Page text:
Colin Kaepernick: An Analysis of Today’s Protests

Before you read this, keep two things in mind. First, this post is not intended to be a criticism. While undoubtedly some people will view it as such, that is not the purpose of what I’m writing. This is solely meant to be an objective analysis of what is currently happening in America.

Second, in order for you to actually absorb what I’m trying to say, you need to completely shed your opinion of the matter for the time being. That’s right – completely wipe the way you feel away from your mind, and read this with a totally unbiased lens. Otherwise your interpretation of the matter will be invalidated by pre-existing views.

That said, I’m going to start by simplifying things by using an equation that anyone could understand. Consider an action. Any action. It could be exercise. It could be a protest. It could be anything. The equation is as follows: x = y + z. Now, here’s what the variables represent:

Y and Z are the effects of the action, X. In this particular case, our action has two effects. This could vary, as an action could have several different effects, which would mean x could equal many variables, but for simplicity I’m using two.

So – let’s now consider Colin Kaepernick’s protest, which in this case is represented by x. Y illustrates the positive effect of drawing national attention to the very important issue of racial biases. Z, on the other hand, represents the negative effect of the public’s interpretation of his protest – primarily the disrespect felt by our nation’s veteran’s and public service workers (such as firefighters, etc.). The goal, as is with any action we take, is to have a positive net effect. Here, ideally we want Y to be greater than Z. That would mean our action is producing a positive result.

Let’s consider that equation. Admittedly, its difficult to actually quantify the positive and negative variables, since there’s no way of measuring the precise effects. However, we have to ask ourselves – is protesting the flag, and thus drawing attention to the matter, worth the negative effects of alienating so many people? Is it really worth the disrespect and lack of appreciation that the wounded vet feels? Or perhaps the hurt that the 9/11 firefighter feels? Is Y truly greater than Z? These actions have consequences, regardless of the intention. At the end of the day, that’s how we can decide whether or not this is a productive protest. If its not, we would then go back to the drawing board and figure out a different way to draw attention to racial tension. Incidentally, I can assure you there are plenty aside from protesting the flag.

The answer, it seems to me, is no. I have tried to plead my case to many people to help them understand why, to no avail. What so many don’t seem to understand is that this protest is not drawing positive attention to the black community. I can say that because I’ve had countless conversations about the issue. What it is doing is actually creating more closet racists and promoting the bigotry that were fighting so hard to eliminate. Now that will undoubtedly offend people because its a horrible thing, but hurt feelings don’t make it untrue. In fact, just this morning I read an article that thousands of people were planning to boycott the NFL. Is that the effect Kaepernick was going for? If not, its clear that he needs to reconsider how he makes this issue a mainstream one. He shouldn’t be ashamed to change his mind – on the contrary, people would respect him more for showing an open-mind.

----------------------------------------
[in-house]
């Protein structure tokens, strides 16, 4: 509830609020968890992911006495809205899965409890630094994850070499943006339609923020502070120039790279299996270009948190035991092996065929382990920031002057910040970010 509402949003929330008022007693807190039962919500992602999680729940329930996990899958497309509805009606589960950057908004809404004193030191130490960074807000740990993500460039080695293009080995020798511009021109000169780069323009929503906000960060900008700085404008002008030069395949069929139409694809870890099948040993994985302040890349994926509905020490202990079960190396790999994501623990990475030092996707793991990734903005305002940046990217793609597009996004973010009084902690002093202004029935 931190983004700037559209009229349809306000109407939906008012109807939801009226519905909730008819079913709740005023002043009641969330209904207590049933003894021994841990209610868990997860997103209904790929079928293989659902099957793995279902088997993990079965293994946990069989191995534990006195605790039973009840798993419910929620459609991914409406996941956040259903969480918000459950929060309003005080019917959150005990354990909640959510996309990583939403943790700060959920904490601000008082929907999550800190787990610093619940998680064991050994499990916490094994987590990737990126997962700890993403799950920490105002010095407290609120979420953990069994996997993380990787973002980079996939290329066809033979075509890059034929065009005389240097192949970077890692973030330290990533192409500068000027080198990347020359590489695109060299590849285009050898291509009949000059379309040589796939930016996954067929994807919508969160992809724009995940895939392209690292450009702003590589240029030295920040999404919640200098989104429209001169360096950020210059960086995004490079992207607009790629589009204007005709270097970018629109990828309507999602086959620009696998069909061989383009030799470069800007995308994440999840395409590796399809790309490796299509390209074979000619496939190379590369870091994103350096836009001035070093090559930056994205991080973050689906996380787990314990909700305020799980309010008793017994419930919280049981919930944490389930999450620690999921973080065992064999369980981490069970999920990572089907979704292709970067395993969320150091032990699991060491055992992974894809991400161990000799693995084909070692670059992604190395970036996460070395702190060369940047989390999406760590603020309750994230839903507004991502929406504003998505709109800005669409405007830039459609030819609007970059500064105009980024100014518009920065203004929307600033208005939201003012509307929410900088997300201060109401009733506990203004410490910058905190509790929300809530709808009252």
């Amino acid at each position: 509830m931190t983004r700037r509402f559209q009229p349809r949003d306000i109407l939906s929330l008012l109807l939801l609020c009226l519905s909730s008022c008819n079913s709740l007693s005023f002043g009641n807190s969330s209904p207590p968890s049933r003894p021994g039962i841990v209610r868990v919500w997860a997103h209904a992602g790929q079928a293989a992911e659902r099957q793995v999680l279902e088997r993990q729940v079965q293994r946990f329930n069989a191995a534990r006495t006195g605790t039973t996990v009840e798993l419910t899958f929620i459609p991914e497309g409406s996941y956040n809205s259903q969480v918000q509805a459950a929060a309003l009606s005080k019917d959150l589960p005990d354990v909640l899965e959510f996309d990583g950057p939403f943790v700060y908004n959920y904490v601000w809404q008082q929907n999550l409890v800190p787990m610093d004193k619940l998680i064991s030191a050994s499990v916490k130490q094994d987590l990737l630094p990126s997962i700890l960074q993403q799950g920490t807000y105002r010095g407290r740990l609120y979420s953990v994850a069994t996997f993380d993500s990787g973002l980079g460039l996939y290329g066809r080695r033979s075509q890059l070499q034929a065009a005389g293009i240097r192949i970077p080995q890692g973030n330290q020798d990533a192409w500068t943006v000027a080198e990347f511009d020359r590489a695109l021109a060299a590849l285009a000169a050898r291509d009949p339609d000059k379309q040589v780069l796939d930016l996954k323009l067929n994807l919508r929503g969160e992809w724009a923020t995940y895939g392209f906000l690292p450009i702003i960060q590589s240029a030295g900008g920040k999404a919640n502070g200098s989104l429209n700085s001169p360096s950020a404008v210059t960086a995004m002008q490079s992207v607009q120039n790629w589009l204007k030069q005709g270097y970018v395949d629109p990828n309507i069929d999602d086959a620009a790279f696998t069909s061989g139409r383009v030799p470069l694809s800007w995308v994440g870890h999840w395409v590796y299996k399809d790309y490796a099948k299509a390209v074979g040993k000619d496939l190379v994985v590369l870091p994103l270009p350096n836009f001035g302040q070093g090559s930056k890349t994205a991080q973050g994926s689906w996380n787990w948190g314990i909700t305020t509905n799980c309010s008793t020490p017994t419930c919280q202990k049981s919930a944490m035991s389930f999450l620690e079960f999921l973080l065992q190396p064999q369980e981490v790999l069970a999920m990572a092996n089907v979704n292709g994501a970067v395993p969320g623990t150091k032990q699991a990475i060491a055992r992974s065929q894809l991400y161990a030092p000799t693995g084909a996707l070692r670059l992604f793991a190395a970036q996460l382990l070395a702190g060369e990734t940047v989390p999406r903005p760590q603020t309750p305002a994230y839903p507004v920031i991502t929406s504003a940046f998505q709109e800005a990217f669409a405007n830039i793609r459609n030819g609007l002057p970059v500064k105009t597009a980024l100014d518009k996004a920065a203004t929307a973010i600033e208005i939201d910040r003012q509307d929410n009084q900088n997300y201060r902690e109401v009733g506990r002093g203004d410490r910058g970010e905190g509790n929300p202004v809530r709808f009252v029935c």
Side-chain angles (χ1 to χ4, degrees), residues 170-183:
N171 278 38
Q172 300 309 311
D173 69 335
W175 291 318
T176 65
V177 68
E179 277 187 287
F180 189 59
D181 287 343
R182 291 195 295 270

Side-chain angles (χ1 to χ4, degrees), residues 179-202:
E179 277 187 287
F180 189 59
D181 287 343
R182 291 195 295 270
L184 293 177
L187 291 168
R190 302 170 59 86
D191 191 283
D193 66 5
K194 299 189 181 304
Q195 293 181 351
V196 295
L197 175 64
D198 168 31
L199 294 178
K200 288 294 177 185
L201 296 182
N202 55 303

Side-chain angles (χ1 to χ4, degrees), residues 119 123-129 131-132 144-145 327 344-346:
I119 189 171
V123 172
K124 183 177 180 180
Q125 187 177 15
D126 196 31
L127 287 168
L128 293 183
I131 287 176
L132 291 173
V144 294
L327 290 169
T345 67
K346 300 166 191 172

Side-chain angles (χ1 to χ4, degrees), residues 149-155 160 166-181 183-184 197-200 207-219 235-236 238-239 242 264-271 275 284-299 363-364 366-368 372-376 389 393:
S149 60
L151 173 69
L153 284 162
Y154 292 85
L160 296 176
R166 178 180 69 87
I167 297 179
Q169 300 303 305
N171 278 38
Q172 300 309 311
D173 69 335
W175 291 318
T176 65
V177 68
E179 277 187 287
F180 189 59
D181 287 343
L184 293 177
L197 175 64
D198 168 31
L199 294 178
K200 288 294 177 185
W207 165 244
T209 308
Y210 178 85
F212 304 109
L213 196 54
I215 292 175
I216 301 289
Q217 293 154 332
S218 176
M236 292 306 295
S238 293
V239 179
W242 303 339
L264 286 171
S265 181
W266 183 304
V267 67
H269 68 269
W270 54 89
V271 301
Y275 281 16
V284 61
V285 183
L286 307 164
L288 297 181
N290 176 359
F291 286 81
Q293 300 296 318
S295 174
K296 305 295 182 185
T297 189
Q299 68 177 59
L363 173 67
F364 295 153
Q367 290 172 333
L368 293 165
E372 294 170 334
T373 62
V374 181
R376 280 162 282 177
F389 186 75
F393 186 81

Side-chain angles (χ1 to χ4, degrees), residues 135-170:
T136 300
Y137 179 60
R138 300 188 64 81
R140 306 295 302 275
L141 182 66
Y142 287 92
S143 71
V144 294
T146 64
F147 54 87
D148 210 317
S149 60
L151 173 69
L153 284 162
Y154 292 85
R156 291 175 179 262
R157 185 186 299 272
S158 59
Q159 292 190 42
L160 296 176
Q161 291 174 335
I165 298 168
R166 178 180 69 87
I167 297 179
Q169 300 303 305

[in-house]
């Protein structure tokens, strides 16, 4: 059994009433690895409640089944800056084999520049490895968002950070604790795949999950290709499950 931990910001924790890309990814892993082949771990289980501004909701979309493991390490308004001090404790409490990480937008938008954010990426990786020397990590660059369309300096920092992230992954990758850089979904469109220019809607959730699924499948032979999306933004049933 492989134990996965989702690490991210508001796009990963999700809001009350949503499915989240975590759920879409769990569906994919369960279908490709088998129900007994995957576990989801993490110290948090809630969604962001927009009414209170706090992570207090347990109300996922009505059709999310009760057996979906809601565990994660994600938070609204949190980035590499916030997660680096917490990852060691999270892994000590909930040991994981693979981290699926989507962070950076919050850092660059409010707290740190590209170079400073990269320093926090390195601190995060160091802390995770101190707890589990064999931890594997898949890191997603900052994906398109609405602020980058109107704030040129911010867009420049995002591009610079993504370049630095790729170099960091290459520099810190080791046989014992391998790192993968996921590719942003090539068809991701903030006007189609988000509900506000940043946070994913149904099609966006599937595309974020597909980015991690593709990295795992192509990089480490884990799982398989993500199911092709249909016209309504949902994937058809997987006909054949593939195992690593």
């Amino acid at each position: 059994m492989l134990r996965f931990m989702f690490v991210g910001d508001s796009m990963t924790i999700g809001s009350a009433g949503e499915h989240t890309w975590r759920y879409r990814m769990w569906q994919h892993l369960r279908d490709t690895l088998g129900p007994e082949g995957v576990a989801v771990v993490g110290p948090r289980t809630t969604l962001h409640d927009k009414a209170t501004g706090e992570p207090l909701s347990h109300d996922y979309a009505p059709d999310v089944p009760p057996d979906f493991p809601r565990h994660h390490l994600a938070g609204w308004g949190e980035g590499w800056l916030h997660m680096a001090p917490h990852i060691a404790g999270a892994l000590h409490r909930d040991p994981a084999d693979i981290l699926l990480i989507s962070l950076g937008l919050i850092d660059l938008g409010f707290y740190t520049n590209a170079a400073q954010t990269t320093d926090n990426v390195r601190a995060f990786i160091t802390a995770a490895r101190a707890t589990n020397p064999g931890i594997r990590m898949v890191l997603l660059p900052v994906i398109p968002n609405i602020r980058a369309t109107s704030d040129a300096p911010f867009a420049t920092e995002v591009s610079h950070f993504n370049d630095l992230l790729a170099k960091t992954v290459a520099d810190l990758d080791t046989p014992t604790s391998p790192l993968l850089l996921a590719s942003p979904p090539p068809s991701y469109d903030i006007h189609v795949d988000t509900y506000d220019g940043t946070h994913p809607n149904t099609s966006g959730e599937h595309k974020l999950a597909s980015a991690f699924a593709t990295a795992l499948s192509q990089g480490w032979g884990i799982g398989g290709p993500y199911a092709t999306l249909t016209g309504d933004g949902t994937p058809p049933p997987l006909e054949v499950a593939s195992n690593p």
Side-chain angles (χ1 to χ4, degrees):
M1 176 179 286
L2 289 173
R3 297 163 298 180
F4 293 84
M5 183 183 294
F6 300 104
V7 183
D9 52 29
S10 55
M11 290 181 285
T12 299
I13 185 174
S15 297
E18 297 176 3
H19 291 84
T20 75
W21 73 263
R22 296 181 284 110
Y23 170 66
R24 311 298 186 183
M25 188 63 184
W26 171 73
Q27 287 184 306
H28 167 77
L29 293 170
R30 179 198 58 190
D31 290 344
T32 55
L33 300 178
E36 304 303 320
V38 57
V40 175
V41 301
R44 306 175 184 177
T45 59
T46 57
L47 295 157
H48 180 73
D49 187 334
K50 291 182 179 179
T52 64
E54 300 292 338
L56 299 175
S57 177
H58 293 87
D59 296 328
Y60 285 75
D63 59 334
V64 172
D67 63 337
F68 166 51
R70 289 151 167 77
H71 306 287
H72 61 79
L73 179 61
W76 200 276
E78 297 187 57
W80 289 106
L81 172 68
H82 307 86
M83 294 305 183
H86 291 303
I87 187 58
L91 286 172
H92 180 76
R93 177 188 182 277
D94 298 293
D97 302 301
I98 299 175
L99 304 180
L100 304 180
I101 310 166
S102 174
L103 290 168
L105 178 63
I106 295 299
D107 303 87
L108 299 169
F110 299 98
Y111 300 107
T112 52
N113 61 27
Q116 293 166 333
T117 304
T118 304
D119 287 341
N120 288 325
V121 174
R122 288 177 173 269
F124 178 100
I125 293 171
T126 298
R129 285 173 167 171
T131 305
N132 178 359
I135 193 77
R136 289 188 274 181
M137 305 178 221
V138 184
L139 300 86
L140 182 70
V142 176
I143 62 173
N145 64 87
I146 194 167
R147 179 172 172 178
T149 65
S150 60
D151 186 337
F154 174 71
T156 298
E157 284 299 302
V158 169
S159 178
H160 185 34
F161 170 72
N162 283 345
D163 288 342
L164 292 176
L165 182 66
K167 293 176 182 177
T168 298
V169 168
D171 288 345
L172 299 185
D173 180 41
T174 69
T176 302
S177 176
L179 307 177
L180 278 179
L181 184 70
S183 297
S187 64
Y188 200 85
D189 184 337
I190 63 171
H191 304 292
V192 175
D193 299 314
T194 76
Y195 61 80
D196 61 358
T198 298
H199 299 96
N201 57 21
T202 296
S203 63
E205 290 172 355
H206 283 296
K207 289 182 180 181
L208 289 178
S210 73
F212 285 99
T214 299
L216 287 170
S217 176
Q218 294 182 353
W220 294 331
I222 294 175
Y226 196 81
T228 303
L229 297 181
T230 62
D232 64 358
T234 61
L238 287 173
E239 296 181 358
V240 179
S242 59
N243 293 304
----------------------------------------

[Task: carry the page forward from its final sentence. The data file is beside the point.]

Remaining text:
The inability to find a way to protest that universally draws positive attention shows a lack of ingenuity. Because racism is not exclusively an American problem. Its a human problem. Lets say for example the flag protest was heeded, and we disbanded America today. Would racism be gone by tomorrow? Of course not. It would be absurd to think that would work. So what is the correlation between the flag and racism? There isn’t one. The same concept applies to blocking traffic. Does anyone actually think that doing so would make people want to listen to you? If your answer is yes, then I think we need to talk about general common sense. For example, if you were going to work and the door to your office was being blocked by one of those Mormons who go door-to-door, would you want to listen to what they have to say? No – any normal human would be pissed that that person is making them late to work. Their message would be completely unheard.

As I mentioned before, these things should be common sense. I personally think that racial issues need to be talked about, absolutely. But the manner in which so many people are trying to talk about them is counter-productive, and I genuinely wish that they would understand that. Instead, what we’re seeing is a massive display of stubbornness and closed-minded groupthink.

So again, this post is a plea for reason. The current state of affairs are doing nothing but furthering the divide in this already broken culture. Other methods need to be considered if we’re ever going to fix the mess we’ve created.

There’s always a better way to do things.







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